Wanna be a rebel, on the cutting edge of a food trend with attitude?
Grab a glass of milk.
Yes, milk, but not just any old glass of the white stuff will do. It's the raw, unpasteurized milk, which is illegal to sell in many states, that is the drink making people think.
Despite warnings from the FDA and others about the dangers of unpasteurized milk, it continues to attract a strong following of devoted drinkers.
It's even making its way into trendy restaurants.
“We find raw milk a little bit sexy,” Chef Jason Fox of San Francisco's Commonwealth restaurant told Chow.
Most enthusiasts of raw milk, however, like it for more than its trend status.
I caught up with one such enthusiast, Dr. Catherine Shanahan, who is Cornell trained in biochemistry, board certified in Family Medicine, and author of Deep Nutrition: Why Your Genes Need Traditional Food, and Food Rules: A Doctor's Guide to Healthy Living, to find out more about it.
First, Dr. Shanahan said she prefers the term "real" milk since "raw" implies the milk isn't quite ready to be consumed.
"Raw milk is milk as nature made it, like breast milk. It's the way people drank cow, goat, sheep, camel and even mare's milk for thousands of years until the 20th century when milk distribution middlemen profoundly changed the way milk was produced and sold by batching milk from different farms. Since fresh milk is something of a specialty product, it's also a higher quality milk, typically, because the animals on the small, family run farms that sell raw milk are usually much better fed and cared for, and that changes everything."
She believes the opposition to its consumption is based on ignorance, fear and "moneyed interests".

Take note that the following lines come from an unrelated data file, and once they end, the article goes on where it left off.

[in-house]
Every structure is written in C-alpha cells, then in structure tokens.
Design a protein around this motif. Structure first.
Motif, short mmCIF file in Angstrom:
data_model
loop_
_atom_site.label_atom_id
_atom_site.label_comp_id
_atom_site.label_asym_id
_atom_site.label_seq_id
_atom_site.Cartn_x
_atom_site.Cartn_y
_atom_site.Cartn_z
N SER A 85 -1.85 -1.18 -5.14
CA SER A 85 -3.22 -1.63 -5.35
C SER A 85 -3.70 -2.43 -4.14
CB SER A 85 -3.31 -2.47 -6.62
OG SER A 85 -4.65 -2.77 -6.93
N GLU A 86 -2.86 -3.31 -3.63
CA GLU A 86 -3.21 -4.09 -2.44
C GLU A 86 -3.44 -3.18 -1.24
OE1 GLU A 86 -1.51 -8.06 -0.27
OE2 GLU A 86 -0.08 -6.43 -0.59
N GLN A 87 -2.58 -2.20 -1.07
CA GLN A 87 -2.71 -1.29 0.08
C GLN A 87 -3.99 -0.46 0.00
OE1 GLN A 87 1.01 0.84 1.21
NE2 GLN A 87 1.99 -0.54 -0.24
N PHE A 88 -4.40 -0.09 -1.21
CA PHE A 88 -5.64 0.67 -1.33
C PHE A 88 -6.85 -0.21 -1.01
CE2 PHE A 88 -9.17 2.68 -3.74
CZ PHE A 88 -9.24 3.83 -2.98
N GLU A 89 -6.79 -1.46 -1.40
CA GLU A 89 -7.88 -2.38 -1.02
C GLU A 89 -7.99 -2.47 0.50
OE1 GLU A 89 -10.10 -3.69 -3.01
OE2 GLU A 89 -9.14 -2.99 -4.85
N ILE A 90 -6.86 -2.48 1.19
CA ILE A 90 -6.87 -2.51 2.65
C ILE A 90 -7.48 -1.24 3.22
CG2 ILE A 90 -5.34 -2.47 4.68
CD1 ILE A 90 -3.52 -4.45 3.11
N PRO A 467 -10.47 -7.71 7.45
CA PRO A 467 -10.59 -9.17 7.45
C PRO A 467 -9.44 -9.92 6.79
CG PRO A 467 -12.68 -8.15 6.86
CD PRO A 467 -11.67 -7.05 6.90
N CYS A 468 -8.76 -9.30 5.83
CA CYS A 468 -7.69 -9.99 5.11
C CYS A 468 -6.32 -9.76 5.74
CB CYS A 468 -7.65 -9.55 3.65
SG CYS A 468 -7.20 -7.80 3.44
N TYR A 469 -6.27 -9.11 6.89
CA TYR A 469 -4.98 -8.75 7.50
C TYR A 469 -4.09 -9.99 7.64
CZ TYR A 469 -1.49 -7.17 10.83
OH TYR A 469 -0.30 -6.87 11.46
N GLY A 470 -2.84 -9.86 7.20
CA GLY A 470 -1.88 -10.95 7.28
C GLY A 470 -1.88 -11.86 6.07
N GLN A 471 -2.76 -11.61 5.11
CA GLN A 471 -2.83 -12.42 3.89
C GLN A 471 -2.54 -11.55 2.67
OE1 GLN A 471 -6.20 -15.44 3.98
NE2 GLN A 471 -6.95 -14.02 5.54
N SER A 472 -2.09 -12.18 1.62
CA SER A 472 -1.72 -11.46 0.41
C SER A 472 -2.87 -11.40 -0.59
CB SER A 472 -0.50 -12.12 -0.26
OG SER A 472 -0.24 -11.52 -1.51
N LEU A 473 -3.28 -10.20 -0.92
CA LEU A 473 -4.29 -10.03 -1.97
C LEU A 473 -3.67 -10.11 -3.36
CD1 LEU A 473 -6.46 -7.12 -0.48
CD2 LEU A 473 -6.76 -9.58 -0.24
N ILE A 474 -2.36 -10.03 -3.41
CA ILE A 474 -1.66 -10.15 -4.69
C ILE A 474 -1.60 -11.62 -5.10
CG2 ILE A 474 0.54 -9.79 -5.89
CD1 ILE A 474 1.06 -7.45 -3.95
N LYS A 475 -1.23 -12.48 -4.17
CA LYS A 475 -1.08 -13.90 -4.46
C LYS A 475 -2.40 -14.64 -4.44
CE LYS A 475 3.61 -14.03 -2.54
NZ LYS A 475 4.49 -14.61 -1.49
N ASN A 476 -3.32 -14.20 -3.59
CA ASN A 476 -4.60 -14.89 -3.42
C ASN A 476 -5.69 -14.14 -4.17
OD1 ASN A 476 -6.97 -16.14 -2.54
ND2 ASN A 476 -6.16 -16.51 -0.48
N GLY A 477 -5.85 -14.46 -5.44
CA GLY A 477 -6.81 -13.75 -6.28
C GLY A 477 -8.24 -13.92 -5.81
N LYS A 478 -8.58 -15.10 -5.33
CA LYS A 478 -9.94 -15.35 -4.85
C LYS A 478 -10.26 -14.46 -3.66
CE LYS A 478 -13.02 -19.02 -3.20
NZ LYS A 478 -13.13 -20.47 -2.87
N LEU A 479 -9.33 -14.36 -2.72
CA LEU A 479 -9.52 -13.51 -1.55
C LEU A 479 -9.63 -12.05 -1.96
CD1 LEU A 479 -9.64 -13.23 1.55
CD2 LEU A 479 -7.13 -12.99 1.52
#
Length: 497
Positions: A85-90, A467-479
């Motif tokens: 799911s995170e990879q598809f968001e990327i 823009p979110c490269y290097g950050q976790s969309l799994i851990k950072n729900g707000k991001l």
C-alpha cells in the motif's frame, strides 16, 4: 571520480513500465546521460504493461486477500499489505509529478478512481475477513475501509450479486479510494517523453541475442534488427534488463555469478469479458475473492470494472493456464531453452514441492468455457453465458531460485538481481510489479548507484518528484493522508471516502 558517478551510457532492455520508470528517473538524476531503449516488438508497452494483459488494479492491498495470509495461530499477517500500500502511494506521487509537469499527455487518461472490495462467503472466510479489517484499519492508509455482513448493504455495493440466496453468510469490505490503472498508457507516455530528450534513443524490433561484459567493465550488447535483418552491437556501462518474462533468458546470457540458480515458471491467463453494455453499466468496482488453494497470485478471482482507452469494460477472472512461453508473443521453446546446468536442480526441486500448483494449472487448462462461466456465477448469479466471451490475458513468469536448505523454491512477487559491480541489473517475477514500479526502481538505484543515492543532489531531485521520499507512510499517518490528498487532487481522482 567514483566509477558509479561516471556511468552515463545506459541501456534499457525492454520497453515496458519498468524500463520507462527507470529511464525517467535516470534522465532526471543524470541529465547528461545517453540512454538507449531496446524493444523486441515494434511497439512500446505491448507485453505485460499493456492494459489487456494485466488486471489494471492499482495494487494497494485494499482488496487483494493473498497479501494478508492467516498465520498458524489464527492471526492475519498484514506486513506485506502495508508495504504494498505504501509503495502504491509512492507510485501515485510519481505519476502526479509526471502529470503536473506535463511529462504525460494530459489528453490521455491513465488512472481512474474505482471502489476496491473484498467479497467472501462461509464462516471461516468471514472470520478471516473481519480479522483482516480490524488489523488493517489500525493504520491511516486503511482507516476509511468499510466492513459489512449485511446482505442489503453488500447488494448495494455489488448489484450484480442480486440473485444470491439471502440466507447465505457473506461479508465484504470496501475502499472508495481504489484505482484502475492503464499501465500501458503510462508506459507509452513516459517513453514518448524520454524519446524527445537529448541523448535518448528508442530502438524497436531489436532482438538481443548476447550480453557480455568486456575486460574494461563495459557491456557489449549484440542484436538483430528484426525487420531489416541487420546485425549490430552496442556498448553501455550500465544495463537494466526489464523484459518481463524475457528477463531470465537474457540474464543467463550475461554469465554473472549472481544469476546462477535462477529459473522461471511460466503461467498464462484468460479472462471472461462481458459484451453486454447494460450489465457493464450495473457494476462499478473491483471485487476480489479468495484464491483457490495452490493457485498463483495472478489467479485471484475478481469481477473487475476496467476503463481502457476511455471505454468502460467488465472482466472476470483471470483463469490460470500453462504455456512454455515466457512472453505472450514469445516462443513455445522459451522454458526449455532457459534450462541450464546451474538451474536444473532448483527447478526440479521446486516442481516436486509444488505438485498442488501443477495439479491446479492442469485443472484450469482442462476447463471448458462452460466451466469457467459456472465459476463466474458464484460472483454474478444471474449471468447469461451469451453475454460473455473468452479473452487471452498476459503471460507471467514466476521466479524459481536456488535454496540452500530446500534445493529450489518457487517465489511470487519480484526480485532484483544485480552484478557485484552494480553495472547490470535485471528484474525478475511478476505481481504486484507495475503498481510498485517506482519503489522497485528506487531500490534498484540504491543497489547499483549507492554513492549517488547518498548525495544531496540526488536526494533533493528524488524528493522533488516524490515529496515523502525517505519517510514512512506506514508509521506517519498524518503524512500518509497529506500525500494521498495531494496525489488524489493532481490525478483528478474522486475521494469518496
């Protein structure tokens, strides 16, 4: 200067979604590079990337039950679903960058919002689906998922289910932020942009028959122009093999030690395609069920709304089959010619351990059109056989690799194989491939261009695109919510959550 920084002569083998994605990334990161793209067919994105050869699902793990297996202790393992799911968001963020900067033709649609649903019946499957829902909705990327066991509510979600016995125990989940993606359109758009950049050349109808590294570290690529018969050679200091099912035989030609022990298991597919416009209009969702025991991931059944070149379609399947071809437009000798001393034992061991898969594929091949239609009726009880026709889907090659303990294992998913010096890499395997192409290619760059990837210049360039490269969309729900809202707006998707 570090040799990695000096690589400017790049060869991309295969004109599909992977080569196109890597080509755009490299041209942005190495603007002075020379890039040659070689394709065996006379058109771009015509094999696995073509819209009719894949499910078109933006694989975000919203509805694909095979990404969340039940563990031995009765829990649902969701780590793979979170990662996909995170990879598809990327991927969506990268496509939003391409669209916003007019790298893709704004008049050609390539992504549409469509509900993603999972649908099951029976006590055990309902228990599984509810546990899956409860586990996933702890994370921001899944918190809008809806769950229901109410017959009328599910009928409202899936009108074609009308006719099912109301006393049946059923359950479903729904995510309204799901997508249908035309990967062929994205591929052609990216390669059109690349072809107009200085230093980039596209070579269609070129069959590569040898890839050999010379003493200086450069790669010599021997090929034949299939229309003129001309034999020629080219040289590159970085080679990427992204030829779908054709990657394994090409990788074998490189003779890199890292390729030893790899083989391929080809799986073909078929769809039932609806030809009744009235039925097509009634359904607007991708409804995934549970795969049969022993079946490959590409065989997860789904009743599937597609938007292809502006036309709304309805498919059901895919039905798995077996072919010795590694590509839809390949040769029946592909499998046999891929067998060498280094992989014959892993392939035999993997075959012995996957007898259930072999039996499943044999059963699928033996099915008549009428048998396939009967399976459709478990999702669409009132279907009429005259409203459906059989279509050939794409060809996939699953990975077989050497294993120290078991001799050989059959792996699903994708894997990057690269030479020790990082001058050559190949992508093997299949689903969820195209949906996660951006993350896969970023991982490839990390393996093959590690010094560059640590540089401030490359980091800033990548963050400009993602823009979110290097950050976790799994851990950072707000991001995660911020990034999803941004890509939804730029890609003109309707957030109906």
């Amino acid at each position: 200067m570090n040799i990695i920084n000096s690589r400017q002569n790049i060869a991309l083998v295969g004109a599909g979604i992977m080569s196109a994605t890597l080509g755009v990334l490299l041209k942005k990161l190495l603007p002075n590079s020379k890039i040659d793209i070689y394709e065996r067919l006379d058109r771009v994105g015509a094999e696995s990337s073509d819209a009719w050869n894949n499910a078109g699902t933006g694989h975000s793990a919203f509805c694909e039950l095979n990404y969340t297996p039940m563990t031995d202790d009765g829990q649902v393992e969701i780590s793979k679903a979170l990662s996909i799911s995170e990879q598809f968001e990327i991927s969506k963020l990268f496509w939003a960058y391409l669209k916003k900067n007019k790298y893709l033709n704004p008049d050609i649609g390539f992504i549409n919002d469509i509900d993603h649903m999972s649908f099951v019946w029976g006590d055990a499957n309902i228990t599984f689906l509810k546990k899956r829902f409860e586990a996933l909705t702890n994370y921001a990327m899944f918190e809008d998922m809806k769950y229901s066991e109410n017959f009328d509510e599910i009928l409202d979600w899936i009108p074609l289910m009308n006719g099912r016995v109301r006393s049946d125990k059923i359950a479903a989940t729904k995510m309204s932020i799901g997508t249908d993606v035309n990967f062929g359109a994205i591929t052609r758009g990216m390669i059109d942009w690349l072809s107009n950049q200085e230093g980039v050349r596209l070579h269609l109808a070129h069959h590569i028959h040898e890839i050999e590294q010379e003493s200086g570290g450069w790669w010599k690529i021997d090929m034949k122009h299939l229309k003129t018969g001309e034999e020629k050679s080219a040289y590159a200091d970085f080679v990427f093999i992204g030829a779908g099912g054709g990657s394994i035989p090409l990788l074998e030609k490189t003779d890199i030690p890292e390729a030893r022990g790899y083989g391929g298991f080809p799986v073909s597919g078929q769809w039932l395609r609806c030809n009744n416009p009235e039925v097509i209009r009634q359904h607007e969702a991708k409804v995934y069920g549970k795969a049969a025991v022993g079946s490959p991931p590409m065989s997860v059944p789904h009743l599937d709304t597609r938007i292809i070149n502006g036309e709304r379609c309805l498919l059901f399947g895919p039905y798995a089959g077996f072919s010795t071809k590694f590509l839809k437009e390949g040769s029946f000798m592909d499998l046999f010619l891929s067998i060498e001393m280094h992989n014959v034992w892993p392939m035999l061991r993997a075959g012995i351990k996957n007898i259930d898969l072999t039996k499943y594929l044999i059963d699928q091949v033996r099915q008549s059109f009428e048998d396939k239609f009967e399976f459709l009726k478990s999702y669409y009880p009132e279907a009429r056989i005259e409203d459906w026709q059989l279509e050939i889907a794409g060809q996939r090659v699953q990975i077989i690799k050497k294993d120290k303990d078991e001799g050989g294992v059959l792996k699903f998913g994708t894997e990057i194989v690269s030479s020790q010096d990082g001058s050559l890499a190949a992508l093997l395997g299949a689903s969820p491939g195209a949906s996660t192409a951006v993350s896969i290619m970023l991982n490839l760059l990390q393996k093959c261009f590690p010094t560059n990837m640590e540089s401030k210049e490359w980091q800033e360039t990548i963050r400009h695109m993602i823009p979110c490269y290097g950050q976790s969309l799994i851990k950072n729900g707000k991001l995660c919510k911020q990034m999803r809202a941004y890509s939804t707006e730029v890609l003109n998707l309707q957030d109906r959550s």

She said while there are dangers associated with real milk consumption, they aren't different than those from other foods that are handled by people, stored and subject to contact with manure.
"It's difficult to assess the real harms since raw milk has this reputation for being potentially dangerous, more so than say spinach or peanut butter, and will be blamed even when it may actually be the spinach or peanut butter that sent someone to the hospital," Shanahan said. "This skews statistics."
What are the benefits?
"Taste, nutrition, supporting small farms and humane production of milk. Many many people have told me their kids do better on raw milk, especially kids with eczema and allergic problems."
She does offer some caution, however, and recommends a gradual introduction to it, especially for children.
"Don't use more than a few ounces for the first few days. I cannot recommend it to anyone on powerful immune suppressing medications," she said. "And make sure that your kids bellies are full of good bacteria first. The best way to beef up those good bacteria is with yoghurt, kefir, and probiotics. Try to gain some sense of the care given to the animals, and make sure you talk to other people who have consumed milk from the same source."
Do you drink raw milk? Would you?
Image via kthread/Flickr
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